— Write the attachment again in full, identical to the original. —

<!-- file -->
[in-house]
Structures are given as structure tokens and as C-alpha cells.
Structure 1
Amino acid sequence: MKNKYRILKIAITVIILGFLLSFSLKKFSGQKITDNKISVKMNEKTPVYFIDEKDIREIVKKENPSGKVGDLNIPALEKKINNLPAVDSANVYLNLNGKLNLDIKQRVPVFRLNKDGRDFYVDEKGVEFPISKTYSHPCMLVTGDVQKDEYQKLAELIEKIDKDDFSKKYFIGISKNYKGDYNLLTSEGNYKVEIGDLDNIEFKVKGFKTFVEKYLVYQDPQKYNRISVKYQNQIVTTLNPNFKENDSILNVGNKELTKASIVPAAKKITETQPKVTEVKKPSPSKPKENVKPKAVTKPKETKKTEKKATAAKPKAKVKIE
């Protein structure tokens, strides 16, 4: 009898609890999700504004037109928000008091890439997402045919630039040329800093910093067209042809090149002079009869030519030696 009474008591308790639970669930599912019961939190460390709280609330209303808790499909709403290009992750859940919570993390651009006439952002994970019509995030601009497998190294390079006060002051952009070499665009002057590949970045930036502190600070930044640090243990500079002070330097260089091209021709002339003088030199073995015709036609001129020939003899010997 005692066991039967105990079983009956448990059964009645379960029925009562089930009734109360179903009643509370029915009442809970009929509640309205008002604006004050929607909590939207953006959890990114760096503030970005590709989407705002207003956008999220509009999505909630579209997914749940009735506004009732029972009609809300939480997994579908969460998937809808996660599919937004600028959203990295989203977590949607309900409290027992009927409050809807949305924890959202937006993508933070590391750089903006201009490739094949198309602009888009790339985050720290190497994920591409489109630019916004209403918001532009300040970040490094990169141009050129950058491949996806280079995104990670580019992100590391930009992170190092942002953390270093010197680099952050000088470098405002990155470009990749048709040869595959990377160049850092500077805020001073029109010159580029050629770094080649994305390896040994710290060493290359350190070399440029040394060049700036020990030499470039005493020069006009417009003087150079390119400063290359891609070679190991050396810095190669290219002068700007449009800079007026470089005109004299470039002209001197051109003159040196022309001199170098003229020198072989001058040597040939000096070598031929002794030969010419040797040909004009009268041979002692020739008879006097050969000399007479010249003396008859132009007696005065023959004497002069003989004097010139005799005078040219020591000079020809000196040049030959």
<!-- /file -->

[in-house]
Structures are given as structure tokens and as C-alpha cells.
Structure 1
Amino acid sequence: MKNKYRILKIAITVIILGFLLSFSLKKFSGQKITDNKISVKMNEKTPVYFIDEKDIREIVKKENPSGKVGDLNIPALEKKINNLPAVDSANVYLNLNGKLNLDIKQRVPVFRLNKDGRDFYVDEKGVEFPISKTYSHPCMLVTGDVQKDEYQKLAELIEKIDKDDFSKKYFIGISKNYKGDYNLLTSEGNYKVEIGDLDNIEFKVKGFKTFVEKYLVYQDPQKYNRISVKYQNQIVTTLNPNFKENDSILNVGNKELTKASIVPAAKKITETQPKVTEVKKPSPSKPKENVKPKAVTKPKETKKTEKKATAAKPKAKVKIE
């Protein structure tokens, strides 16, 4: 009898609890999700504004037109928000008091890439997402045919630039040329800093910093067209042809090149002079009869030519030696 009474008591308790639970669930599912019961939190460390709280609330209303808790499909709403290009992750859940919570993390651009006439952002994970019509995030601009497998190294390079006060002051952009070499665009002057590949970045930036502190600070930044640090243990500079002070330097260089091209021709002339003088030199073995015709036609001129020939003899010997 005692066991039967105990079983009956448990059964009645379960029925009562089930009734109360179903009643509370029915009442809970009929509640309205008002604006004050929607909590939207953006959890990114760096503030970005590709989407705002207003956008999220509009999505909630579209997914749940009735506004009732029972009609809300939480997994579908969460998937809808996660599919937004600028959203990295989203977590949607309900409290027992009927409050809807949305924890959202937006993508933070590391750089903006201009490739094949198309602009888009790339985050720290190497994920591409489109630019916004209403918001532009300040970040490094990169141009050129950058491949996806280079995104990670580019992100590391930009992170190092942002953390270093010197680099952050000088470098405002990155470009990749048709040869595959990377160049850092500077805020001073029109010159580029050629770094080649994305390896040994710290060493290359350190070399440029040394060049700036020990030499470039005493020069006009417009003087150079390119400063290359891609070679190991050396810095190669290219002068700007449009800079007026470089005109004299470039002209001197051109003159040196022309001199170098003229020198072989001058040597040939000096070598031929002794030969010419040797040909004009009268041979002692020739008879006097050969000399007479010249003396008859132009007696005065023959004497002069003989004097010139005799005078040219020591000079020809000196040049030959």